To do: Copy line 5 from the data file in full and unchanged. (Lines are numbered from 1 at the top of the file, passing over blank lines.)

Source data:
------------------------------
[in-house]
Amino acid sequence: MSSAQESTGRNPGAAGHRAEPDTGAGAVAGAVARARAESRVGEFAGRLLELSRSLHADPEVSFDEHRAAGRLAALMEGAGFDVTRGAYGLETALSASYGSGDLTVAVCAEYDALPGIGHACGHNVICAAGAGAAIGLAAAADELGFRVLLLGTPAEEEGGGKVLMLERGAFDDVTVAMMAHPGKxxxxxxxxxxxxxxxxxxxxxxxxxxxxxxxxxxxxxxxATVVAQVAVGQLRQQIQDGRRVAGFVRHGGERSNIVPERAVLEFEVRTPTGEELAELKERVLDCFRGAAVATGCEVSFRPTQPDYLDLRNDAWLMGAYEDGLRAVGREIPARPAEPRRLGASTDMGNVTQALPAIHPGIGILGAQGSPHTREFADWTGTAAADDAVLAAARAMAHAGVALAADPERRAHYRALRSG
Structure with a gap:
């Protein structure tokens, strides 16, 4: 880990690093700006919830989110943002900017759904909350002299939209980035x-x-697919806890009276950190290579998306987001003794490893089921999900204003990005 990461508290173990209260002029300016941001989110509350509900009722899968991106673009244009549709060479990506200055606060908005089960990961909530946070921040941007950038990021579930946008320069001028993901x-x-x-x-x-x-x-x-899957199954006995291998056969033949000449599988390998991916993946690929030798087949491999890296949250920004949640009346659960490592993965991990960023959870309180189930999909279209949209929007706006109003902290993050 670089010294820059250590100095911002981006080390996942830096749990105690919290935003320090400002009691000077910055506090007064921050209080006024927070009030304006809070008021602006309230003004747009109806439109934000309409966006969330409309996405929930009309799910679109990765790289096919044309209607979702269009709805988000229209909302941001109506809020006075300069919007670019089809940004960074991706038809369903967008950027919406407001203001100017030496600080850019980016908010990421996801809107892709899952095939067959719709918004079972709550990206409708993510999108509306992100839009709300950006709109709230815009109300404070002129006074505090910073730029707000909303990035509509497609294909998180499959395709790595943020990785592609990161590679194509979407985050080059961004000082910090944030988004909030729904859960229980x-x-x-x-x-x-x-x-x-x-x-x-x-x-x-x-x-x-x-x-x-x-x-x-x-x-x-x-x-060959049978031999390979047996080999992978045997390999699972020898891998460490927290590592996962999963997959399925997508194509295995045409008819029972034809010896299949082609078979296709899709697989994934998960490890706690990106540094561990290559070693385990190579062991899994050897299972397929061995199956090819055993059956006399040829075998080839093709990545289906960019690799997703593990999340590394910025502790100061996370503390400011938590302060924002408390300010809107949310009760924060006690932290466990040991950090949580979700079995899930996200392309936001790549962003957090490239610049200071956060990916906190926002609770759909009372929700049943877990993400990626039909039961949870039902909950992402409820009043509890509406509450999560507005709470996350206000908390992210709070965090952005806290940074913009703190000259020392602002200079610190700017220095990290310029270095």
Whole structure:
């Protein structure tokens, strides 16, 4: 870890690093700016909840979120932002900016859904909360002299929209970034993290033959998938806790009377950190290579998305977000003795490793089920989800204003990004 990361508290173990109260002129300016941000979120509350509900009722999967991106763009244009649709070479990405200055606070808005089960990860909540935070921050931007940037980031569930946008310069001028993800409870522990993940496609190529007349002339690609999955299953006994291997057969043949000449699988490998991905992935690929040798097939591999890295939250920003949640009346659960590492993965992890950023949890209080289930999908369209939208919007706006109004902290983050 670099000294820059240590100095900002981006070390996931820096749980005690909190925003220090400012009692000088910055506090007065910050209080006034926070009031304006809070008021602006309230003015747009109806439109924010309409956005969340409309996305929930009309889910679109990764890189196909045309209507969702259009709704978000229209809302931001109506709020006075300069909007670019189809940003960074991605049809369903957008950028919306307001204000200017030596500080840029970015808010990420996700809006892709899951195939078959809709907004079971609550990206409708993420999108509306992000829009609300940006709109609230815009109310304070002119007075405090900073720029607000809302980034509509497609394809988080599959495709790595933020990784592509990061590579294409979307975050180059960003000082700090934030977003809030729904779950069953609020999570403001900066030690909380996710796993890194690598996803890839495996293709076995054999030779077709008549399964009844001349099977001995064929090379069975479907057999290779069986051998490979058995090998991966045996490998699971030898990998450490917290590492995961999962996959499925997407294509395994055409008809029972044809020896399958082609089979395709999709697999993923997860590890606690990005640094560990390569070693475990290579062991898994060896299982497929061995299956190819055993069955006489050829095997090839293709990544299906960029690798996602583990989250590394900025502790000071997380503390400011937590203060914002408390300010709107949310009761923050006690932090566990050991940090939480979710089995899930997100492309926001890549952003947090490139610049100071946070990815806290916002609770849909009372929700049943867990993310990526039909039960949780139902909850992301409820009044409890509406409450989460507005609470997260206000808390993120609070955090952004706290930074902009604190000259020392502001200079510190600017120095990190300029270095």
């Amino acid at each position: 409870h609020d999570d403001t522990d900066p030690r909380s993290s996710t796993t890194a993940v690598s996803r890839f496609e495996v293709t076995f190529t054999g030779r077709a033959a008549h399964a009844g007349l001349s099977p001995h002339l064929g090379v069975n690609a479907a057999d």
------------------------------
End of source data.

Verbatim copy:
Whole structure: